- Sweater Construction Methods: Set-In Sleeves
- Sweater Construction Methods: Dolman Style
- Sweater Construction Methods: Sideways
- Sweater Construction Methods: Circular Yoke
- Sweater Construction Methods: Contiguous Set-In Sleeve
- Sweater Construction Methods: Saddle Shoulder
- Sweater Construction Methods: Raglan
Welcome back to the Sweater Construction series! If you haven’t already, take a minute to check out the other posts in this series. They don’t necessarily need to be read in order but the more you know the better prepared you will be to decide which sweater construction method is best for you.[title text=”Circular Yoke” style=”bold_center”]
Today we are going to look into the pros and cons of knitting a sweater with a circular yoke and give you some pattern ideas to try out this method.
The circular yoke style sweater is one of the easiest sweaters to knit from the top down but it can also be knitted from the bottom up. This style of sweater is unique in its lack of visible armhole shaping.
For the top down version, stitches are cast on at the neckline then increased at four even intervals to the widest circumference at the the armhole depth. As you’re knitting the yoke there is no difference between the front, sides and back of the sweater. When the yoke measures the desired depth, stitches for the sleeves are placed on a holder and the front and back are joined and worked in one round to the bottom edge of the sweater. The stitches on the holders are then picked up and worked in the round all the way down to the cuffs.
For the bottom up version, stitches are cast on at the hem of the sweater then knit in a tube up to the armholes. Sleeves are cast on at the cuff and worked up the the armhole. At this point the sleeves are joined to the body of the sweater and stitches are decreased in four even intervals up to the neckline.
This type of sweater has been around for quite a long time and is thought to have originated with Bohus Stickning. However the style spread and became very popular in the Shetland island region and Iceland. The Icelandic name for the circular yoke sweater is “lopapeysa” and is typically knit in the very warm “Lopi” wool.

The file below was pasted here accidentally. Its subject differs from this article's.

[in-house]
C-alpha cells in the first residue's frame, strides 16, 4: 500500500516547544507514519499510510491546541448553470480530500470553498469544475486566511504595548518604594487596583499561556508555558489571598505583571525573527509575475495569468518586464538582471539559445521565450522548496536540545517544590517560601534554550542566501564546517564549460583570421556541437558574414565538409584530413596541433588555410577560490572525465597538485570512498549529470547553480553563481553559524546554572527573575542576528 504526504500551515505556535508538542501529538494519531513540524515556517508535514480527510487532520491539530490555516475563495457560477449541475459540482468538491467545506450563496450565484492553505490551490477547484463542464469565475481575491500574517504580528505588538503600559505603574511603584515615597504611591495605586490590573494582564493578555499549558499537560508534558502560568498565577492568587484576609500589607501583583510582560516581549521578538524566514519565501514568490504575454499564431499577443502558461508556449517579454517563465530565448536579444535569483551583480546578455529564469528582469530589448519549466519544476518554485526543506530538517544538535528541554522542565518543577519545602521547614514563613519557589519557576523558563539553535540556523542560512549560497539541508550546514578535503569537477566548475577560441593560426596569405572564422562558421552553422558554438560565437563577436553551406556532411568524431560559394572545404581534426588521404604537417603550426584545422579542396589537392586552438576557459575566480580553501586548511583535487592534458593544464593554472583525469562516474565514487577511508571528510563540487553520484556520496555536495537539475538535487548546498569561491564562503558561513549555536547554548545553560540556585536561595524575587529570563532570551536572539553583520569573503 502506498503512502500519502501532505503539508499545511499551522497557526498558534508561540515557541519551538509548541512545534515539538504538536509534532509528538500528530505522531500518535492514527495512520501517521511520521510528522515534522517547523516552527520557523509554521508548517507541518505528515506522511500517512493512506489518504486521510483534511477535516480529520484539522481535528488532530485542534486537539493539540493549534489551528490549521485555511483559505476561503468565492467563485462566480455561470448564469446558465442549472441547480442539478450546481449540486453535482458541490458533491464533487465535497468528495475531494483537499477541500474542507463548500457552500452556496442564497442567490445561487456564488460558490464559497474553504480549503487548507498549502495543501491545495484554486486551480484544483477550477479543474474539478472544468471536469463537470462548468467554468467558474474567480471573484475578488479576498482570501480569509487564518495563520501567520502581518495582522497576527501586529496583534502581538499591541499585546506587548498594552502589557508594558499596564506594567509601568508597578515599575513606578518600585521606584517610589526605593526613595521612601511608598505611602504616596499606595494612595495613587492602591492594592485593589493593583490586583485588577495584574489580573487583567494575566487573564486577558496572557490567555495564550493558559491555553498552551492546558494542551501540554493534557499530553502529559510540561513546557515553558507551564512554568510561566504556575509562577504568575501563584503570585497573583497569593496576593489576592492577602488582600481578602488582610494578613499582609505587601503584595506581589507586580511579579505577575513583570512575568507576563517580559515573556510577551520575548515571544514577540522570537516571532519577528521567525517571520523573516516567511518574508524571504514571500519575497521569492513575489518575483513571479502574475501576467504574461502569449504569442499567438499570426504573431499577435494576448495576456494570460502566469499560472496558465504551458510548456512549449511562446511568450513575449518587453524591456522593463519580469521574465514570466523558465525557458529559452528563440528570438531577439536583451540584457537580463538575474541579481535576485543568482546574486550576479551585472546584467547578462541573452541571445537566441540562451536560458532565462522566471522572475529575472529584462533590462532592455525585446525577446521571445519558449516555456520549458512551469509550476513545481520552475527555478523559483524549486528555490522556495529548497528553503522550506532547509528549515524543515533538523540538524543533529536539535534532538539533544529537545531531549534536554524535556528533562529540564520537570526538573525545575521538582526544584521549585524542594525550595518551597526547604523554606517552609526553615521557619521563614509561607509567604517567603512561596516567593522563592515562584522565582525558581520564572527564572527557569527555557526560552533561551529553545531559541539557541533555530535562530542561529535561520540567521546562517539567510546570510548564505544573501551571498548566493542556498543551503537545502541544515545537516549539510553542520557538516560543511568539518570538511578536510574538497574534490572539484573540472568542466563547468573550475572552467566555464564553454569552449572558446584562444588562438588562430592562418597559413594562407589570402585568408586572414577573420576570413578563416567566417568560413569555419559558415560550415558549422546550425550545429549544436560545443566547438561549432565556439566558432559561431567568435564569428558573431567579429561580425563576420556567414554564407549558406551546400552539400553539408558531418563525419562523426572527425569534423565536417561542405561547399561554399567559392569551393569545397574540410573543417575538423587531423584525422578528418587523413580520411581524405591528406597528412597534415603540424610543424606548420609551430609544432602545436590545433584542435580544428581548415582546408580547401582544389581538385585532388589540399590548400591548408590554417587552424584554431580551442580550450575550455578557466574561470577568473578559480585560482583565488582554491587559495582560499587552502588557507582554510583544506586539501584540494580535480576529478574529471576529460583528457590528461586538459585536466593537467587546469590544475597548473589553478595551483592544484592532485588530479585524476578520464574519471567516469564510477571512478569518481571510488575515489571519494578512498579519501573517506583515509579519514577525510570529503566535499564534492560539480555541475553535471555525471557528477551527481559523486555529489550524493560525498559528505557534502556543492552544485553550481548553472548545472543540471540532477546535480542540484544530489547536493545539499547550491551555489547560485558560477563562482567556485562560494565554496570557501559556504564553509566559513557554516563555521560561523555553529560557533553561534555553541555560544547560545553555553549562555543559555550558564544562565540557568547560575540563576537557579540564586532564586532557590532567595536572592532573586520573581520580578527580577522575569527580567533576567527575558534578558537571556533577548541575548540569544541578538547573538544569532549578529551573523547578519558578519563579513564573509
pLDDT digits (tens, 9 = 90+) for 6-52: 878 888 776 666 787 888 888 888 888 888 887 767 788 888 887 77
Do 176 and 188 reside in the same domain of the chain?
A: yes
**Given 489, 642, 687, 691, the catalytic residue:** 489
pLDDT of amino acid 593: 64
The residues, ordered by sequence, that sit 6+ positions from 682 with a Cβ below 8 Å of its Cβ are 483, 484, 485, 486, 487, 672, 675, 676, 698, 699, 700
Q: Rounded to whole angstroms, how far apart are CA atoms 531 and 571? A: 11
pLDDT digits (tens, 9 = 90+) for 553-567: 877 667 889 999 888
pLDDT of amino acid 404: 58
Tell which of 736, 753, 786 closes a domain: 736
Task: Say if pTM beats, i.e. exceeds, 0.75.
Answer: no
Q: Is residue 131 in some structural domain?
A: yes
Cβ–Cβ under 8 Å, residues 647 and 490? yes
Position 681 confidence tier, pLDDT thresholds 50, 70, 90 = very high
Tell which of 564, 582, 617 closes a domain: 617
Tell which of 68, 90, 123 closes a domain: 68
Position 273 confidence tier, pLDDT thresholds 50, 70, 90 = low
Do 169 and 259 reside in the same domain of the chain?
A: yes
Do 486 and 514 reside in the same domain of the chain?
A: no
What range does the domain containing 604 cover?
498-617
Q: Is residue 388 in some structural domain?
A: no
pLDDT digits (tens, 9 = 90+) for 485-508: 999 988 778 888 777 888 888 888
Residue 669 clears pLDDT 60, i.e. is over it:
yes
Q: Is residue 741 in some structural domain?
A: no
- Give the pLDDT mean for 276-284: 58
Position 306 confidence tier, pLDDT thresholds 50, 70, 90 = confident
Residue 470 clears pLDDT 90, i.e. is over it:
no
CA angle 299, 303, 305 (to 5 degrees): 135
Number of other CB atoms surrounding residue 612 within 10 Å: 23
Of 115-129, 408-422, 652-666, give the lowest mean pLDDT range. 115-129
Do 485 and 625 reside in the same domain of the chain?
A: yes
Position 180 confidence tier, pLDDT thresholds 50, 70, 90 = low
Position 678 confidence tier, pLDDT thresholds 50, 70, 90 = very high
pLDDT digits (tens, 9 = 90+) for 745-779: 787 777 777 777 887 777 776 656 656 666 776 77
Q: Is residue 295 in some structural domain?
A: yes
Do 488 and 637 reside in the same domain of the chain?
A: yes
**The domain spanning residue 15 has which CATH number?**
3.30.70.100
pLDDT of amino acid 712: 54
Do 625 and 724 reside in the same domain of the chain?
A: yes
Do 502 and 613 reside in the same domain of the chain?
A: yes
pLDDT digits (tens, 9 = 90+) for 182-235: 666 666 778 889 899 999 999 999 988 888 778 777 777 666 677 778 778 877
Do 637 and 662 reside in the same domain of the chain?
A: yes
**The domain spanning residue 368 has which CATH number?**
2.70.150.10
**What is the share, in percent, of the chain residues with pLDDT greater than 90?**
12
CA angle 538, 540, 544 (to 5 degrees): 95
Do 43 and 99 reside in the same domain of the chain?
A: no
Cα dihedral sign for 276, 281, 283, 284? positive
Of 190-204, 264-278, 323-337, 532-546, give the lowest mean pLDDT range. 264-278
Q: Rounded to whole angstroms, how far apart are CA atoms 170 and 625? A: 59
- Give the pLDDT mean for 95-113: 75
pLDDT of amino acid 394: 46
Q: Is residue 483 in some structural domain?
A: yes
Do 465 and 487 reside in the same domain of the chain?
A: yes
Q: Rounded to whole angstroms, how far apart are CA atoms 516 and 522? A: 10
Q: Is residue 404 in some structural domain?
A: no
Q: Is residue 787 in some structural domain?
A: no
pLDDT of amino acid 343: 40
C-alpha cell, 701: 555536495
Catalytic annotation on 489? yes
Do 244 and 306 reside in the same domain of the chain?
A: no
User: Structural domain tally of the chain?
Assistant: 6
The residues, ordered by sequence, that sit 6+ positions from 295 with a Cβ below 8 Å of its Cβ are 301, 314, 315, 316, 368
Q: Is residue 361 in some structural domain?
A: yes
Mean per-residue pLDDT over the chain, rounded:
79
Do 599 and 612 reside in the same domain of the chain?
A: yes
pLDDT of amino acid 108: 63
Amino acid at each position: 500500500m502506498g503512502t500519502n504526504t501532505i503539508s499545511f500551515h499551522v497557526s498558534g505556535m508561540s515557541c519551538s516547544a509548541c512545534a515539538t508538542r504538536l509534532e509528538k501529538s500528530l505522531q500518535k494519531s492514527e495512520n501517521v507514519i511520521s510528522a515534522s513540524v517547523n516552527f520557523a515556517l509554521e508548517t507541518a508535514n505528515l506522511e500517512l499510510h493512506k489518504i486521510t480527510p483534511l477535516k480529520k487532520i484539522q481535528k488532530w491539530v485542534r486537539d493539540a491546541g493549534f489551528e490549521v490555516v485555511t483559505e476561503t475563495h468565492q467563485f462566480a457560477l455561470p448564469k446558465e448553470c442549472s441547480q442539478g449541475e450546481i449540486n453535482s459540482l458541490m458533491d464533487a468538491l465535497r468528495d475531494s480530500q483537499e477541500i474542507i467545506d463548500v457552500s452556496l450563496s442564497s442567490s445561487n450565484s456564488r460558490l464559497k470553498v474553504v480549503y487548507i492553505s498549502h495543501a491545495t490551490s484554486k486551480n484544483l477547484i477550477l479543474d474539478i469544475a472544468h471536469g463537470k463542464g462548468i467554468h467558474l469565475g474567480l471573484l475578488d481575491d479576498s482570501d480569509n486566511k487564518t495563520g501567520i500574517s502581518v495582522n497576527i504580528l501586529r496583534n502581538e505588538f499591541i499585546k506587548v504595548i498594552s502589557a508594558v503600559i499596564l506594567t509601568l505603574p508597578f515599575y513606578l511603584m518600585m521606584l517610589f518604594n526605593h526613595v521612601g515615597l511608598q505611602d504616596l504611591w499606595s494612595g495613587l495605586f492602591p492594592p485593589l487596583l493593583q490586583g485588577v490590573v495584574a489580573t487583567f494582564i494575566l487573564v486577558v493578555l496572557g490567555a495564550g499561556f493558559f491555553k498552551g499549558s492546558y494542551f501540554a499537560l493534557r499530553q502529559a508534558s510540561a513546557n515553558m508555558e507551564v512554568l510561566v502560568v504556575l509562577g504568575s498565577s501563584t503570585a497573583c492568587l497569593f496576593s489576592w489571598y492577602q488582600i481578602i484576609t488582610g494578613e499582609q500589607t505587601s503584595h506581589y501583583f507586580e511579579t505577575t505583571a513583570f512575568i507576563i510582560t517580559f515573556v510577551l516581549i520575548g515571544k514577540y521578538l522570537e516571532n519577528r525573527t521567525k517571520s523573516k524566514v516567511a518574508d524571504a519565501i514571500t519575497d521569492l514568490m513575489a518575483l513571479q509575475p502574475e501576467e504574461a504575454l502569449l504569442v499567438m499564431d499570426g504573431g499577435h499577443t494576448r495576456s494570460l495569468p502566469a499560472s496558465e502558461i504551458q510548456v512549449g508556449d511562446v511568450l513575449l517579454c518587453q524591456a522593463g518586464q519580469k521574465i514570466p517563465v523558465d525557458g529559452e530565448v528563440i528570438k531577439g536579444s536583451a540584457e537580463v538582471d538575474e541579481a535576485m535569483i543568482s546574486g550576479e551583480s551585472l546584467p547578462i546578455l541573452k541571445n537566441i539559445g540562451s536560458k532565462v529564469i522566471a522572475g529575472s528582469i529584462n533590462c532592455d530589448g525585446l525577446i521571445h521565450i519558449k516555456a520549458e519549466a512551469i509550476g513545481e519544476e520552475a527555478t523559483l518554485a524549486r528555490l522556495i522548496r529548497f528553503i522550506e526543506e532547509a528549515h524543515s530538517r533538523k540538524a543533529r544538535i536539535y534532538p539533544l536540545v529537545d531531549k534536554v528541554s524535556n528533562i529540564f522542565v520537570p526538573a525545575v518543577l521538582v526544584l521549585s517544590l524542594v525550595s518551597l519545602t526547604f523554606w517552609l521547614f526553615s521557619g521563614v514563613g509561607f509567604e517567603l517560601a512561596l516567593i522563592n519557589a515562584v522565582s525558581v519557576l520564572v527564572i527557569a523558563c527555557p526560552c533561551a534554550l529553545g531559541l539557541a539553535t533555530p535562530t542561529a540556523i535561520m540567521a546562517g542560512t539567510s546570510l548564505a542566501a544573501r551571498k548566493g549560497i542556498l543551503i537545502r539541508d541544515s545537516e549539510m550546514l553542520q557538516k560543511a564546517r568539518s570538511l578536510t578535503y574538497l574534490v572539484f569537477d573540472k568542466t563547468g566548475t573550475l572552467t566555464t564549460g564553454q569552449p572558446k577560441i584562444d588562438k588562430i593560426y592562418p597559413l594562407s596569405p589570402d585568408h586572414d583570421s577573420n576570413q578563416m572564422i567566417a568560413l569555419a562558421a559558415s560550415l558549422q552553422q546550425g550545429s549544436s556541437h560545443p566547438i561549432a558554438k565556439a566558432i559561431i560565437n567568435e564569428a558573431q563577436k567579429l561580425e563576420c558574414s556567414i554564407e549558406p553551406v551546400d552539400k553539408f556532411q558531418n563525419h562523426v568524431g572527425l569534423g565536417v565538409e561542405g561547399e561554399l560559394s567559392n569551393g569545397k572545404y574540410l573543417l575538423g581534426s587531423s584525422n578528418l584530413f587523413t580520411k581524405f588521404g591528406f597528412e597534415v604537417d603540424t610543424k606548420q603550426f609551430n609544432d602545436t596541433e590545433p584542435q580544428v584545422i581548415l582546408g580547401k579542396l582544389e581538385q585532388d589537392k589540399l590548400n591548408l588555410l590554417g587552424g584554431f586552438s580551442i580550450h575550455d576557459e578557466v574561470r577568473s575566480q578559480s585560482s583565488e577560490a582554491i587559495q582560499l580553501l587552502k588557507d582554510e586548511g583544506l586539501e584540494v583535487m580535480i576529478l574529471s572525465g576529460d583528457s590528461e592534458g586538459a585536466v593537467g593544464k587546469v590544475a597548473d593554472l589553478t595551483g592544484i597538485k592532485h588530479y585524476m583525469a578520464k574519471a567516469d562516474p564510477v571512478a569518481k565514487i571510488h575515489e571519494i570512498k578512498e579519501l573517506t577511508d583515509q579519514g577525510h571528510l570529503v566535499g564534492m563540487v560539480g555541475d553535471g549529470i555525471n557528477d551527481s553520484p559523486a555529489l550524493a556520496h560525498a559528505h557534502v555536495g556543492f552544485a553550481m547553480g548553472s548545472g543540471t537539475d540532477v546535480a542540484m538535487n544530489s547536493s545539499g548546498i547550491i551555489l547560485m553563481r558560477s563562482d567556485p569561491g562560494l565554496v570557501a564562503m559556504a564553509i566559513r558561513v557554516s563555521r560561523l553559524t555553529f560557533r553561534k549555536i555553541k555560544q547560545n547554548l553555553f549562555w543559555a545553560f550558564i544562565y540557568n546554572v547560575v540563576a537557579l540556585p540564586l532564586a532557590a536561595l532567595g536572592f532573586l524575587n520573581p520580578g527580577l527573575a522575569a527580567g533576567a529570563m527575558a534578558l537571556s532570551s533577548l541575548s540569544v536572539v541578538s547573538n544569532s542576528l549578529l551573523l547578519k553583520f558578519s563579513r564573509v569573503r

Circular yoke sweaters have surged in popularity in the last couple decades with the rise of seamless sweaters. Their charming style and wide range of design possibilities makes them a dream to knit and experiment with.[title text=”PROS of Circular Yoke Sweaters” style=”bold_center”]
Let’s dive in and check out why you might want to try knitting a circular yoke sweater!
Easy To Check Fit
If you opt for the top down construction of this style of sweater it can easily be “tried on” by slipping it off the needle and onto some waste yarn or multiple circular needles. This feature makes it easier to judge the fit and modify accordingly. For example, sleeve length can be easily extended or shortened simply by ceasing knitting at the desired point. You will also have a clearer sense right away if you are going to run out of yarn or not, as you will be able to see the full progress of the entire garment as you knit it.
One wonderful thing about circular yoke sweaters the increases are distributed evenly around the neckline which works wonderfully with decorative increases. If the increases are decorative you can create a lacey look almost effortlessly. In the same vein, you can do invisible increases instead incorporate a beautiful, uninterrupted color work or texture patterns on the yoke.
The circular yoke sweater knit either top down or bottom up has no seams so when you’re done knitting your sweater is finished. For those of you that dislike the idea of seaming this factor alone may make you choose to try knitting a circular yoke sweater.[title text=”CONS of Circular Yoke Sweaters” style=”bold_center”]
Now that we’ve checked out some of the benefits of this construction method, let’s look at some drawbacks.
Lack of Structure
One of the disadvantages of sweaters constructed seamlessly is the lack of structure provided by seams. This can mean that you will be limited to yarn choices that include some structure and elasticity themselves, such as wool or wool blends, and plied yarn. With certain yarns, the sweater may twist on you over time, having been knitted in a spiral, which is what “in the round” technically ends up being. Overall the lack of structure can make for a less durable sweater.
Less Tailored Fit
Because the shoulders and armholes are not well defined on a circular yoke sweater, the yokes will have a less tailored fit than raglan or set-in sleeve silhouettes. But you can still get a trim fit with the addition of waist shaping.
In comparison to a sweater that is knit in small pieces and seamed together the one big piece may feel more cumbersome to work with as it grows into a sweater. You will need to mentally reckon with yourself that you will at some point have almost an entire sweater in your lap while you are still knitting with it, this puts more weight onto your hands and wrists.[title text=”Circular Yoke Sweater Patterns” style=”bold_center”]
Here are a few great sweater patterns using the circular yoke construction. I have included sweaters using both top down and bottom up construction within the yoked sweater style so there should be something for everyone. If this is your first sweater I recommend starting with a top down version as they tend to be simpler.
Adelaide Yoke Pullover by Kate Gagnon Osborn
Gnarled Oak Cardigan by Alana Dakos
Garter Yoke Cardigan by Melissa LaBarre